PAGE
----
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Much is written about Cash Bundren, the carpenter in William Faulkner's As I Lay Dying. While most essays focus on Cash's nature and function within the novel, occasional articles also discuss the significance of Cash's tools. For example, Michael Hardin, in "Freud's Family: The Journey to Bury the Death Drive in Faulkner's As I Lay Dying," notes that "[t]ools are often associated with male sexuality and the phallus because they represent the artisan's (pro)creative capabilities;" therefore, the loss of Cash's tools in the river crossing represents his symbolic castration (98). In his essay "Faulkner's As I Lay Dying," Tim Poland posits that Cash's "entire identity is located in the fact that he is a carpenter," and that "[h]is sole means of expression is through his carpenter skills" (118; 119). Poland notes that when Cash loses his tools to the flooding river, he simultaneously loses consciousness and the ability to speak. Thus, Poland links the loss of Cash's tools to the "submersion of Cash's selfhood" (119). As Poland observes, it is not until the tools are found that Cash regains both consciousness and speech (119).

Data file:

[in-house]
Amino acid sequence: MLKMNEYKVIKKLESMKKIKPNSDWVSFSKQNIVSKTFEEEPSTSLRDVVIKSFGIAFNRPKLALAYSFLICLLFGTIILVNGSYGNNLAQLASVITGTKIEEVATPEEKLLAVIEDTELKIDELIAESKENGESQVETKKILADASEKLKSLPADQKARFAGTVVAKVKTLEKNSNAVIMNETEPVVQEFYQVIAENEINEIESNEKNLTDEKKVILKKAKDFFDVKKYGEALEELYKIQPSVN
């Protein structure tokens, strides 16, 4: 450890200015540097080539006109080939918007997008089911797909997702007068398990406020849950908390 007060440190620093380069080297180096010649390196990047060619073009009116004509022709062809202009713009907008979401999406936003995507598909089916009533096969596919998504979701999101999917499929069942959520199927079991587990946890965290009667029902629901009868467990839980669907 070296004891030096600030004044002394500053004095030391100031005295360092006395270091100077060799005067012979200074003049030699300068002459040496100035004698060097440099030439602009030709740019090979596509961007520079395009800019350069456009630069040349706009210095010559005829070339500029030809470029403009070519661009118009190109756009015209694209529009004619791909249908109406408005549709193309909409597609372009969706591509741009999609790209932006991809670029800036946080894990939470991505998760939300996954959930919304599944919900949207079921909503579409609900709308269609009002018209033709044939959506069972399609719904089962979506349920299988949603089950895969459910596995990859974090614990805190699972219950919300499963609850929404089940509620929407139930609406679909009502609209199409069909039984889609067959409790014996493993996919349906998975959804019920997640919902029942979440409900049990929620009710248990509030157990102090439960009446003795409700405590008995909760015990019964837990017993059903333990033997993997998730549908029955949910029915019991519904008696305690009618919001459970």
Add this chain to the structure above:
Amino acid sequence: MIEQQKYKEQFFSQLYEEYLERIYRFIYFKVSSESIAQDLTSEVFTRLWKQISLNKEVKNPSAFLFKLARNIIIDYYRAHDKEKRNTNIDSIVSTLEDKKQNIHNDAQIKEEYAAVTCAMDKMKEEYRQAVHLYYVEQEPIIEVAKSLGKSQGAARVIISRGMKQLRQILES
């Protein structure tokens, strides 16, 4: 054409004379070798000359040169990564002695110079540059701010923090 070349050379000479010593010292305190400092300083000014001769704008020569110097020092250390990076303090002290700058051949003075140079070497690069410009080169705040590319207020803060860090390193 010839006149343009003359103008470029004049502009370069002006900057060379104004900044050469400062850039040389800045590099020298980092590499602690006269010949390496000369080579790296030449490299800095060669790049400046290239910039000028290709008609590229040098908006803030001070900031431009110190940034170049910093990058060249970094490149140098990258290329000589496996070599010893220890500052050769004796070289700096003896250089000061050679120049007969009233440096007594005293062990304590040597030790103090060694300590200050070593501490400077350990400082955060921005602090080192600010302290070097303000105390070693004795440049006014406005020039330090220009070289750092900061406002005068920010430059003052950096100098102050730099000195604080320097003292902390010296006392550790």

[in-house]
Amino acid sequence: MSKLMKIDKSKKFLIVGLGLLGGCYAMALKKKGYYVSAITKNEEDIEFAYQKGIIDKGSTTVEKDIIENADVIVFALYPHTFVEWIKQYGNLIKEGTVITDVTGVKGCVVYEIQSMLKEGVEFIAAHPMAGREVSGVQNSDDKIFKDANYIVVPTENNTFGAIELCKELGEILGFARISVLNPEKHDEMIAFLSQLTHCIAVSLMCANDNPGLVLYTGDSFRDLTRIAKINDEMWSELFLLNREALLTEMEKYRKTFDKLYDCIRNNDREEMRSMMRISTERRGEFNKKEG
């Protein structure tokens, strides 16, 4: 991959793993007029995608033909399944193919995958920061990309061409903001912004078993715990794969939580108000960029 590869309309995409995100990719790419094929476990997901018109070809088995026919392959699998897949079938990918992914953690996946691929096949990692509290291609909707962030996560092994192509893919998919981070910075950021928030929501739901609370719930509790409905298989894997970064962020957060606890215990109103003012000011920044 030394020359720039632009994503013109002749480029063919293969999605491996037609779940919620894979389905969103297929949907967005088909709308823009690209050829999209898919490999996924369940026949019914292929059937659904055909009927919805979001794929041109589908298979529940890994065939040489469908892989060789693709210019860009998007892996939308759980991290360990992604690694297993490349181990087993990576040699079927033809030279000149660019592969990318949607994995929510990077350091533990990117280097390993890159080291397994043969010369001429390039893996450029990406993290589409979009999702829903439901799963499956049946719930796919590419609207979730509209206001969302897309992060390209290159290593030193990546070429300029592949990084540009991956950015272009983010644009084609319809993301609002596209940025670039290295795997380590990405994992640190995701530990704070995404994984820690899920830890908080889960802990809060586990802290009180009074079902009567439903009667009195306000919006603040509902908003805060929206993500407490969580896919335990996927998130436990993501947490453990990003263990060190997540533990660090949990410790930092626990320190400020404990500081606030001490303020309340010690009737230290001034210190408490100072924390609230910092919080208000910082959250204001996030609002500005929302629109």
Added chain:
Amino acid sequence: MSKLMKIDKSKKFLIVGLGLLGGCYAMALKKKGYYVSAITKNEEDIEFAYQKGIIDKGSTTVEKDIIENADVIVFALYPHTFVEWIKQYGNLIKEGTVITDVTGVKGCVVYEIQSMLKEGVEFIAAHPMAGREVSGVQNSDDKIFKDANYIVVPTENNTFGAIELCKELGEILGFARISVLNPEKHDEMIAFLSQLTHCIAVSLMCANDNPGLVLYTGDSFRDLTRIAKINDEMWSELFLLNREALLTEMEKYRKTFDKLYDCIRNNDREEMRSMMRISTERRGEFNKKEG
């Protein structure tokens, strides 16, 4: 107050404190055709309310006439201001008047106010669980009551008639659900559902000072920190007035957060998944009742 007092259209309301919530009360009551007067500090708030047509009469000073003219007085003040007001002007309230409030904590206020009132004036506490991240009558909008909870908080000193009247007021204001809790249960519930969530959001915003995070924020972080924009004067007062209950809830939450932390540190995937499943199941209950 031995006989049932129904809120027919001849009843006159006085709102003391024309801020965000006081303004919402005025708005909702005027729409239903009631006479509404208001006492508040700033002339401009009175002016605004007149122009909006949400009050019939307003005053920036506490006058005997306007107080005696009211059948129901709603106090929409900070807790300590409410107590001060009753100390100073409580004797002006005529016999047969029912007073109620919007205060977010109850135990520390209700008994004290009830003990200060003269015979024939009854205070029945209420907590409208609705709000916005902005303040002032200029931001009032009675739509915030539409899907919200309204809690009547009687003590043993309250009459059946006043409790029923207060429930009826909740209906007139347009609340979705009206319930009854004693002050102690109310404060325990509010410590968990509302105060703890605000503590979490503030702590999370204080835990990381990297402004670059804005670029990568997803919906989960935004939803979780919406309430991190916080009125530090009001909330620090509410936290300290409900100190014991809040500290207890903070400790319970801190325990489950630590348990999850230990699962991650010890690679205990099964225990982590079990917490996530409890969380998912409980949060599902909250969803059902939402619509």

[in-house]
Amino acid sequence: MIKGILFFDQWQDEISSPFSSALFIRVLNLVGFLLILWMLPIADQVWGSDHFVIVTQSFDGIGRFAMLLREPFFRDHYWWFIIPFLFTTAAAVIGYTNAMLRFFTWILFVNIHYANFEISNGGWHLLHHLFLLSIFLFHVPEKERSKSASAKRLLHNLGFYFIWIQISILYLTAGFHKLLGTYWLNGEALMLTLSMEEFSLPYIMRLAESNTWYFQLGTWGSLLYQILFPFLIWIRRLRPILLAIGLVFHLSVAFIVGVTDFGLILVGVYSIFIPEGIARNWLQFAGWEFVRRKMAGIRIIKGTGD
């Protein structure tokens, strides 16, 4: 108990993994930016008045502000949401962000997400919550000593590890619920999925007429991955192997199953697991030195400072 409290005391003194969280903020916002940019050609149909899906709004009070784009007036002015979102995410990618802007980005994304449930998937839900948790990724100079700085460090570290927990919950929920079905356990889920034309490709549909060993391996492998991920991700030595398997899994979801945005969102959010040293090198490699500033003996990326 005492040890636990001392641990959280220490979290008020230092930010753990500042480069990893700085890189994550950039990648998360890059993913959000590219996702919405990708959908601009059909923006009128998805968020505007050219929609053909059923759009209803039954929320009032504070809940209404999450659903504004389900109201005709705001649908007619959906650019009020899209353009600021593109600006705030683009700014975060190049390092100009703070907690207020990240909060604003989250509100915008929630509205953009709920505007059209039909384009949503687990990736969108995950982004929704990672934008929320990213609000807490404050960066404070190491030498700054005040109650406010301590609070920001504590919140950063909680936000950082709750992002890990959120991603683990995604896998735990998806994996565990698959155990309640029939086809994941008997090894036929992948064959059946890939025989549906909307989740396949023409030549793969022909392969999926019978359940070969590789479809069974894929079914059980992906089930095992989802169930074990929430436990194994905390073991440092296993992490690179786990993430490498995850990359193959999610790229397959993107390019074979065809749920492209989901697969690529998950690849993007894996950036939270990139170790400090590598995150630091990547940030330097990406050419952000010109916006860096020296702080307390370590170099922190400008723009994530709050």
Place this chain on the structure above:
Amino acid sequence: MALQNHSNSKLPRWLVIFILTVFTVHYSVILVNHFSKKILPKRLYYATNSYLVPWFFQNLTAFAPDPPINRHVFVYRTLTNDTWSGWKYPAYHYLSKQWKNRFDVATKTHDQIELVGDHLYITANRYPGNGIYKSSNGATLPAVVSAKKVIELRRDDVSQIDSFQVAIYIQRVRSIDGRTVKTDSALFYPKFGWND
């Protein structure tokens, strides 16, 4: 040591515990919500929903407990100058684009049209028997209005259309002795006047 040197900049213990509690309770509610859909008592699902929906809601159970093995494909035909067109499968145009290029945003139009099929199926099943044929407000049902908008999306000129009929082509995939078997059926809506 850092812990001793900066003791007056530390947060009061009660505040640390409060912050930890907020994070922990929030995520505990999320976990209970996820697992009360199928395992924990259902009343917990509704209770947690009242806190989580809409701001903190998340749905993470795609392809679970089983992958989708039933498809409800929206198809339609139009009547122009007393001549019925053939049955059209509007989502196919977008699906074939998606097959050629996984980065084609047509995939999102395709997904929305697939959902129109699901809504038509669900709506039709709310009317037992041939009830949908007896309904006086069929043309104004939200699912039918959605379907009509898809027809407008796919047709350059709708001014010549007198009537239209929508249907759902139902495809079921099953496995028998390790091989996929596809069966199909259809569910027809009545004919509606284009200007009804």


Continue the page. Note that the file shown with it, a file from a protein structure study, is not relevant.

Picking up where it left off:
That the tools function as more than just literal implements is also implied by the deliberate manner in which Cash regards and tends them. H. H. Siegele, in his book Carpenters' Tools: Their Care and Maintenance, discusses how tools become anthropomorphized in the hands and mind of an efficient and fastidious carpenter:
A carpenter should take such care of his tools, that they will seem like intimate friends;
which is to say, that if a tool is properly cared for, it will always be on friendly terms with the
man who uses it. (36)
In Cash, we see such a careful carpenter. After days of crafting his dying mother Addie's coffin and working outdoors throughout a rainy night to complete his task, Cash takes the time to tend his tools.Although he must be psychologically drained and physically exhausted, Cash "gathers his tools and wipes them on a cloth carefully and puts them into the box" (Faulkner 80). Later, during the family's trip to bury Addie, as he begins guiding the wagon across the swollen river, Cash "lifts his box of tools and wedges it forward under the seat," thus commencing the dangerous crossing with "his arm braced back against Addie and his tools" (147; 149). Cash thereby demonstrates the same concern for his tools as for his mother's remains in the coffin he had built to protect them.